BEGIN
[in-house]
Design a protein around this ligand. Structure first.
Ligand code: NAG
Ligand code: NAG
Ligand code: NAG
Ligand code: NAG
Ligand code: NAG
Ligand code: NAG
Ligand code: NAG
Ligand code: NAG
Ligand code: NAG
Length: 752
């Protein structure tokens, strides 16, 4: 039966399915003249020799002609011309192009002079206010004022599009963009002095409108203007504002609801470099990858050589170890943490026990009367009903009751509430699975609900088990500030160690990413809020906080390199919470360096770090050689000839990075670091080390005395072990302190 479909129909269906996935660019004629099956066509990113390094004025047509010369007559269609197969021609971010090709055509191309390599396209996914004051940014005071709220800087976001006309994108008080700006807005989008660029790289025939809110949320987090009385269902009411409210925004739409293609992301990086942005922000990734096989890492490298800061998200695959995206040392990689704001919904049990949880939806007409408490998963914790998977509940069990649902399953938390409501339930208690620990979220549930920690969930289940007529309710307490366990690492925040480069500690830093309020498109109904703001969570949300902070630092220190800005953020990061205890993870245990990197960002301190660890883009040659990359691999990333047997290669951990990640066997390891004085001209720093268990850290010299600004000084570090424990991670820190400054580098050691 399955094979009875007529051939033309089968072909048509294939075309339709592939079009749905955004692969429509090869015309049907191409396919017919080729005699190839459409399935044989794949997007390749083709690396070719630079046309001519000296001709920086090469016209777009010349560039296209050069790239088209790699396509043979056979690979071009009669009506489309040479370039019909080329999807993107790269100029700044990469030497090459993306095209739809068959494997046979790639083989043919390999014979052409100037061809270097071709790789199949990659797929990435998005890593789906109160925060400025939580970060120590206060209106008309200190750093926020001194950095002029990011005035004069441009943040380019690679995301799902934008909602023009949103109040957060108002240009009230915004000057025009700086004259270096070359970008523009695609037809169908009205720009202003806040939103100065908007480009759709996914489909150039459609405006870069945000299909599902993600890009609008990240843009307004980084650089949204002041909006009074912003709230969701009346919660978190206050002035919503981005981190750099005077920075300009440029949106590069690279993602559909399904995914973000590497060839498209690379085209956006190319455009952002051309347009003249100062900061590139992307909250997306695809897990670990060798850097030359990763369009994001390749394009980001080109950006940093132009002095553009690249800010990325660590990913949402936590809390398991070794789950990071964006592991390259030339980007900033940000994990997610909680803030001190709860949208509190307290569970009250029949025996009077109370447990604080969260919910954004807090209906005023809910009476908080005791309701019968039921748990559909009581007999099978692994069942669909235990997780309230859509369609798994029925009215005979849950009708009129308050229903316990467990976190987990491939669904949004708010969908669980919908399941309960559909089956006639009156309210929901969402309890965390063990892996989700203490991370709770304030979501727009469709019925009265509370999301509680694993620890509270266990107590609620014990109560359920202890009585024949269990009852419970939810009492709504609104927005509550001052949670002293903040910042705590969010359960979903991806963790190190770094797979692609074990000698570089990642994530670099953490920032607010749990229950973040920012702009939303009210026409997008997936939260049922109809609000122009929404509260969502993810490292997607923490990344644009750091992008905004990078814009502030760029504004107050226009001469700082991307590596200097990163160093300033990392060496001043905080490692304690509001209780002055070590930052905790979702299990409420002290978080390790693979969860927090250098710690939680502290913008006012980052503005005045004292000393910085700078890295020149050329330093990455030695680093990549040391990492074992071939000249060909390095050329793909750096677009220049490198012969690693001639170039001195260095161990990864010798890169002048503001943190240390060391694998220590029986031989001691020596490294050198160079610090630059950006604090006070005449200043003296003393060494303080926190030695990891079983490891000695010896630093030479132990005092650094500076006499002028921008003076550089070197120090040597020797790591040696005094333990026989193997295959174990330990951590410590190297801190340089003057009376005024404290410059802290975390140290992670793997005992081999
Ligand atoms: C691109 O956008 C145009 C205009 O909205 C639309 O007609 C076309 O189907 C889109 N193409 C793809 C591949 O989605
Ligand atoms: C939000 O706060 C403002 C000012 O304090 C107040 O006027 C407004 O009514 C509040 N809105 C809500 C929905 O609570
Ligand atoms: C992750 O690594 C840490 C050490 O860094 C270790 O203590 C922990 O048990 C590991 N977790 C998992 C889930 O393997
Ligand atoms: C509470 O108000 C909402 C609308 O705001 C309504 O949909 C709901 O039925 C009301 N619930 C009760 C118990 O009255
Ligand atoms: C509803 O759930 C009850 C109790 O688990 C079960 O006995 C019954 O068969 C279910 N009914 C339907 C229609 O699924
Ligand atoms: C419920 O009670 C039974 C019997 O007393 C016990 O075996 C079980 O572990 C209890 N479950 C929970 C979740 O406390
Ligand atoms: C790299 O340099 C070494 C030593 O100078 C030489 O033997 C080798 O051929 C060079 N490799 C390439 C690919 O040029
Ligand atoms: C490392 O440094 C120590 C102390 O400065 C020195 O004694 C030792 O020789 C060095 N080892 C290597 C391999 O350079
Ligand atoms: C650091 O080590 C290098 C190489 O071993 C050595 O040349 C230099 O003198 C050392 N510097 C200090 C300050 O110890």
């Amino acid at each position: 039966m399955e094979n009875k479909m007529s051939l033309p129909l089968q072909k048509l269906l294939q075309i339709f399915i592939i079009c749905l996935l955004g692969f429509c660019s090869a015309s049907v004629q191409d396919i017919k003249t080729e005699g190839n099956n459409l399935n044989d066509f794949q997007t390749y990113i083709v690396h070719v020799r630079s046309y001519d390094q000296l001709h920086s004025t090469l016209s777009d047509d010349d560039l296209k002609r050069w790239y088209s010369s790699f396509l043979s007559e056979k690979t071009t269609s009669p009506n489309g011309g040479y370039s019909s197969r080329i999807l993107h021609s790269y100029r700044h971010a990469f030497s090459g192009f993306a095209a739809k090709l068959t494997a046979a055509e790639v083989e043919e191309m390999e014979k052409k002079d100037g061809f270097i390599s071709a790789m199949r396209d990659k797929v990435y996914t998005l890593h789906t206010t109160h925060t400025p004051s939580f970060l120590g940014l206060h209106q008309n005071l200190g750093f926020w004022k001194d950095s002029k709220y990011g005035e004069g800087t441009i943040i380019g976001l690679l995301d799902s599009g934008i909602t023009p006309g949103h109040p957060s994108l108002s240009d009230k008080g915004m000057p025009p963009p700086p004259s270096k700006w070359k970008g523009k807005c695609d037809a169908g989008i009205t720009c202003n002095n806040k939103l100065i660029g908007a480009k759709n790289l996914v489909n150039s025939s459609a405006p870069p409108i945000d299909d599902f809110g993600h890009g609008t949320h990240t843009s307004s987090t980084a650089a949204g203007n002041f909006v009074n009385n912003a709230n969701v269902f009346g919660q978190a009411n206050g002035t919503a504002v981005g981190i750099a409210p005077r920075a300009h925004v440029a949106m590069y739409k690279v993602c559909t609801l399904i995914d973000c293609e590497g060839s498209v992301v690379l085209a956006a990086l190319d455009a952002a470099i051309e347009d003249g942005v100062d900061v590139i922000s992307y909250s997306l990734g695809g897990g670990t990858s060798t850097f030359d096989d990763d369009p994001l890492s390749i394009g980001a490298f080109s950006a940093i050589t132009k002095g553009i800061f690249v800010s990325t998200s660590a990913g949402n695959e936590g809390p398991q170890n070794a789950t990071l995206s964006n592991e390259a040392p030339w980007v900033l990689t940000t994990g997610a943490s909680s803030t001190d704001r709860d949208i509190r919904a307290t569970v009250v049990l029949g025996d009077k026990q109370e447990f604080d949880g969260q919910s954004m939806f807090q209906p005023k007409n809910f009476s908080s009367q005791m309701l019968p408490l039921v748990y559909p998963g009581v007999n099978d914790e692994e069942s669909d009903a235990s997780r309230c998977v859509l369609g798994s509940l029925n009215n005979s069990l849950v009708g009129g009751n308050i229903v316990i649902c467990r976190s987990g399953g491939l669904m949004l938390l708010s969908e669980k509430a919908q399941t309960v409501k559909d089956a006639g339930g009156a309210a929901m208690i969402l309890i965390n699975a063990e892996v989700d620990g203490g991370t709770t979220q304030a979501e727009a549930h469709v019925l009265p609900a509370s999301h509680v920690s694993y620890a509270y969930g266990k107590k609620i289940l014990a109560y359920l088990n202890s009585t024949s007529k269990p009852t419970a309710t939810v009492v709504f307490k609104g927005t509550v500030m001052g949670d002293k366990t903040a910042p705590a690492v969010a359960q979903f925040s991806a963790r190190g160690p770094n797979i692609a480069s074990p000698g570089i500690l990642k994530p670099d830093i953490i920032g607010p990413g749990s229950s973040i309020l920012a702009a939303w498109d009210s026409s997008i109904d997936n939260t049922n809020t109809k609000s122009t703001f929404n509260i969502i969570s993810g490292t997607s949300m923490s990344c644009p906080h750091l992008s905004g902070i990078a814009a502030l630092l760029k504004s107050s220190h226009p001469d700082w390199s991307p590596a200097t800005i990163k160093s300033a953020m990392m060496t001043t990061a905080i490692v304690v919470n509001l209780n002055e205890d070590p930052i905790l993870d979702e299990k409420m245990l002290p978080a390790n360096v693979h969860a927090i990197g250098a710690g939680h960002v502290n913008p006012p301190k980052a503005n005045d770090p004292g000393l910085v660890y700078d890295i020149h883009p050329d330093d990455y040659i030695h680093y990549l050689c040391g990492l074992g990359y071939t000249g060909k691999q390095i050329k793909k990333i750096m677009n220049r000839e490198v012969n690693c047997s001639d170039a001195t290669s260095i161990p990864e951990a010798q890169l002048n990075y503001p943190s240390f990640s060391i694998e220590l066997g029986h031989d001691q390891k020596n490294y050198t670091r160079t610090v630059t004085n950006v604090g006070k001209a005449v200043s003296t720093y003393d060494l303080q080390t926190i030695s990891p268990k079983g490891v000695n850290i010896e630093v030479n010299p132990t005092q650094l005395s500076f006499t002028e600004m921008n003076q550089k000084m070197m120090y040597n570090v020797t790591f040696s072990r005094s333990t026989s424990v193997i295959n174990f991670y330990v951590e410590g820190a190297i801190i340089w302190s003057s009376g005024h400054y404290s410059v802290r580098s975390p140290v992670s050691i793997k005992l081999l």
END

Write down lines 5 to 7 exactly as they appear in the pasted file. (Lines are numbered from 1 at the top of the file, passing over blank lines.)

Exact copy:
Ligand code: NAG
Ligand code: NAG
Ligand code: NAG